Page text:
from The Century Dictionary.

  • Having a flush deck: as, a flush-decked steamer. See deck, 2.


Sorry, no etymologies found.


  • Captain Samuels, heavy and tall, stood at the white line which marked off the quarterdeck from the rest of the flush-decked frigate.

    Sharpe's Prey

  • About a hundred and thirty feet I made her, a long lean hull like an ancestral clipper ship, sleekly flush-decked except for a small poop and wheelhouse, and a larger hatchway which must cover the hold - easily big enough to take a container.

    The Gates of Noon

  • Pretty Jane was a flush-decked brig, save that amidships she carried a small but substantial deckhouse for her passengers.

    Hornblower In The West Indies

  • Racked into a flush-decked recess on one side of the hull was a crane arm with a two-hundred-ton lift capacity.

    Code Three

  • _Savannah_ shows a ship-rigged, flush-decked vessel with a small deckhouse forward of the mainmast and nearly abreast of the side paddle wheels.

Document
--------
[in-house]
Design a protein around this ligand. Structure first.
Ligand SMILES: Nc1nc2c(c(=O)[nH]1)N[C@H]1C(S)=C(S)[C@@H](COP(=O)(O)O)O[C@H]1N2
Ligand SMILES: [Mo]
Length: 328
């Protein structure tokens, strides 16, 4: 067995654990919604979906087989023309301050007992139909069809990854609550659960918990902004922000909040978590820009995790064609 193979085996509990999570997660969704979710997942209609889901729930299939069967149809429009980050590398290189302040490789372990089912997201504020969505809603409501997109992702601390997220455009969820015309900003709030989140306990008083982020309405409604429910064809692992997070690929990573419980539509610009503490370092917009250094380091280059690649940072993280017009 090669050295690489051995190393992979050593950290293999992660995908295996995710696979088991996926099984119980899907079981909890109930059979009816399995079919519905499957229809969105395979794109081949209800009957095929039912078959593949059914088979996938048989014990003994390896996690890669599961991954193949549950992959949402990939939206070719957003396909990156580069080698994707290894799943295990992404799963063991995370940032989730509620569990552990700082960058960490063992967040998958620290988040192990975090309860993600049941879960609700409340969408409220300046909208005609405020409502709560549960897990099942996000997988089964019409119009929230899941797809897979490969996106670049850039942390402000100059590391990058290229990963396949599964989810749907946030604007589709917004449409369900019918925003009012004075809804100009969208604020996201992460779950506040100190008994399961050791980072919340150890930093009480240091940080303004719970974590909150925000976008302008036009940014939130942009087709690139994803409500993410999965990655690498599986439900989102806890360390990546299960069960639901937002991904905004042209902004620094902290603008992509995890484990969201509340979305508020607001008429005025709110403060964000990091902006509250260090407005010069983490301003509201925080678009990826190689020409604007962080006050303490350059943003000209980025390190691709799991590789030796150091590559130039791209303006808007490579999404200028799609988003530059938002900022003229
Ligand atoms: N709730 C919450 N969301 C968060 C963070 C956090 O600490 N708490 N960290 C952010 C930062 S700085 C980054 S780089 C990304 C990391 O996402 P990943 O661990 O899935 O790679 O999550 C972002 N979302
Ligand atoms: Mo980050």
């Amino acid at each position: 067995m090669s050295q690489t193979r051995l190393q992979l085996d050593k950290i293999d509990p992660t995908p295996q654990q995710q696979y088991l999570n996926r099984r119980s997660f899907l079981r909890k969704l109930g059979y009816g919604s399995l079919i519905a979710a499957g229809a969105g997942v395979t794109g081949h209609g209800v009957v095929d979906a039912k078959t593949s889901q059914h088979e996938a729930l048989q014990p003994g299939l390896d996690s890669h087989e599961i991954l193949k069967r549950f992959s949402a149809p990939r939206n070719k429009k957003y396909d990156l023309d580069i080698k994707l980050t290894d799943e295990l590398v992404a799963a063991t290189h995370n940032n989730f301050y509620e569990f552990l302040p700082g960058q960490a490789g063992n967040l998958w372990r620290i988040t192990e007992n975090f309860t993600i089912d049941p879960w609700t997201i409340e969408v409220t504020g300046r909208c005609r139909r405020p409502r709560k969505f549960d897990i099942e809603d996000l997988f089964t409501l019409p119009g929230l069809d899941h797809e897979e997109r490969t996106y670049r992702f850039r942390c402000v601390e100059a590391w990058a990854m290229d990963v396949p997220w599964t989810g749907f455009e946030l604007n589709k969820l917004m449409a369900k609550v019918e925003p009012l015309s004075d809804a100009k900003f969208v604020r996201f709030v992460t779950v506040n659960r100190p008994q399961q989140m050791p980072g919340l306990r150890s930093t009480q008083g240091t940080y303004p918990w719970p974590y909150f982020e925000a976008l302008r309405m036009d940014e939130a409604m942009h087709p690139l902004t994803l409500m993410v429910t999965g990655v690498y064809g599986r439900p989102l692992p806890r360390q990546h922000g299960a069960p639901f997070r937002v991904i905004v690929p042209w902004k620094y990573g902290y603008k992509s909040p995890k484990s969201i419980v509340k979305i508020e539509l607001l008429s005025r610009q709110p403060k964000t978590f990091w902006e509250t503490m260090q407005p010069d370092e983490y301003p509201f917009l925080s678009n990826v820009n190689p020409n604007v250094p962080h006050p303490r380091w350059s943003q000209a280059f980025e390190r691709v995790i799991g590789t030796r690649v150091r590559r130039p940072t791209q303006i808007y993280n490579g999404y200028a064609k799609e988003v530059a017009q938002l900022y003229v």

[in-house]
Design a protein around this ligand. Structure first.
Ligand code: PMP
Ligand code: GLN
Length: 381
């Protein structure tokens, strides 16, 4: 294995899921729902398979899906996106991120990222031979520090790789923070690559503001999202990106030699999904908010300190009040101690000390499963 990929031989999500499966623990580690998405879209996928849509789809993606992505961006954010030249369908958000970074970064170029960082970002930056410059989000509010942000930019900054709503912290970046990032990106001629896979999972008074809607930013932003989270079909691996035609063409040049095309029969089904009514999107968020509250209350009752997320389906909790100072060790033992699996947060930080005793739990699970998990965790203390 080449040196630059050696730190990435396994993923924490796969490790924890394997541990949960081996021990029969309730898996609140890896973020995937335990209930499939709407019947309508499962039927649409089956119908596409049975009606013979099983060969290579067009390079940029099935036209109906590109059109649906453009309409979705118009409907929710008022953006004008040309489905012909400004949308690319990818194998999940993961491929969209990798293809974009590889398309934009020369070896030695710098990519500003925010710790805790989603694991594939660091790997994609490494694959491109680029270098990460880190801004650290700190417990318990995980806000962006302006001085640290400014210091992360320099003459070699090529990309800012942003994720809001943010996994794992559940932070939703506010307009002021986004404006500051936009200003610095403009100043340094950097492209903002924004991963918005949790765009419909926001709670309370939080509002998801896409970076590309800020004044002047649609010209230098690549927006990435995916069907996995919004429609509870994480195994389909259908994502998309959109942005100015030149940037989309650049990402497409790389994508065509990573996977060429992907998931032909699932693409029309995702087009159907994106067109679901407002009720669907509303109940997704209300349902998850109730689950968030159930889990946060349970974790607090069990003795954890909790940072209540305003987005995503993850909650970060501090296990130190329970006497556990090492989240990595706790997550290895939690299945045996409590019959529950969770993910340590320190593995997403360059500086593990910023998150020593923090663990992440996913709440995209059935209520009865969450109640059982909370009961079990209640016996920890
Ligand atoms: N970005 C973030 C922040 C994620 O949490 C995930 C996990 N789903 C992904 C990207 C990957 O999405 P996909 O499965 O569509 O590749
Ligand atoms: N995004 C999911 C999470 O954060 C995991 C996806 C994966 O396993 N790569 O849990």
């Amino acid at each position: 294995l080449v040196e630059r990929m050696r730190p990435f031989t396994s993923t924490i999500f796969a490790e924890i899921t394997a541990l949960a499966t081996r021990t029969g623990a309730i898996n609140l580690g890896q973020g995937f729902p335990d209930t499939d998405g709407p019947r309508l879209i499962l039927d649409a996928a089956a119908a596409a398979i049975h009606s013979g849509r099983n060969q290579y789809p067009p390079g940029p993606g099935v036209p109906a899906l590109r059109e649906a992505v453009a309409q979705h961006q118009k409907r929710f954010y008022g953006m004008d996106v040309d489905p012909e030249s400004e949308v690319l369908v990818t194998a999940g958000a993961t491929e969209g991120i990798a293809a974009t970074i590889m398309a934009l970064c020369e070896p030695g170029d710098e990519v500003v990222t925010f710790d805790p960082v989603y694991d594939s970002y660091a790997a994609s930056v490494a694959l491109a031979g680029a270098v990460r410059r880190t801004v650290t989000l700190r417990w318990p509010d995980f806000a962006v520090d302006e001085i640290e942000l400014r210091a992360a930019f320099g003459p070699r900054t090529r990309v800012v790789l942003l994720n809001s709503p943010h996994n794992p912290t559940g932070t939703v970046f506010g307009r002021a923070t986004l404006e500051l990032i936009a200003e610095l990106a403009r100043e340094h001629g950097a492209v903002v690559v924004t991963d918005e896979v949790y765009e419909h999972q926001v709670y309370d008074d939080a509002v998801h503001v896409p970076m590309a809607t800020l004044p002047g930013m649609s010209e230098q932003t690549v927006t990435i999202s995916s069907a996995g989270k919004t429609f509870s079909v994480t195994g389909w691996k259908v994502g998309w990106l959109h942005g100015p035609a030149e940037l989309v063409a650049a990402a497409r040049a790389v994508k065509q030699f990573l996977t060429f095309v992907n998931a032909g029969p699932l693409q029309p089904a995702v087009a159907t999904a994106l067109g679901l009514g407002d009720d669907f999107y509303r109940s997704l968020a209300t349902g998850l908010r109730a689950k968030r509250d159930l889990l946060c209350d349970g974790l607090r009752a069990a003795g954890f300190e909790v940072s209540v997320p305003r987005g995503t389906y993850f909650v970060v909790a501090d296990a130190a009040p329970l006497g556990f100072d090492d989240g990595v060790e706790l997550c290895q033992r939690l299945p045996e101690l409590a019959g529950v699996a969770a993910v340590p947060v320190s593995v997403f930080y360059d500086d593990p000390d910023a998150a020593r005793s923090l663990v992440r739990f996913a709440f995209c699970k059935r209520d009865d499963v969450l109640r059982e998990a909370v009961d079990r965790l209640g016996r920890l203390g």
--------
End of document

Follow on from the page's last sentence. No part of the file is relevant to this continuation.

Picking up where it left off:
The Pioneer Steamship Savannah: A Study for a Scale Model United States National Museum Bulletin 228, 1961, pages 61-80

  • The galliasse was sometimes flush-decked, without poop and forecastle, and sometimes built with both, but she was never so "high charged" as the galleon.

    On the Spanish Main Or, Some English forays on the Isthmus of Darien.

  • She was flush-decked, and sat high in the water, with a freeboard of nearly five feet.

    The Pit Prop Syndicate

  • An English navy list of 1545 shows four clumsy old-fashioned "great-ships" of upwards of 1000 tons, but second to these a dozen newer vessels of distinctly galleon lines, lower than the great-ships, flush-decked, and sail-driven.

    A History of Sea Power

  • There were six feet of head-room below, and she was crown-decked and flush-decked.

    Chapter 17

  • There were six feet of head-room below, and she was crown-decked and flush-decked.

    Chapter 17


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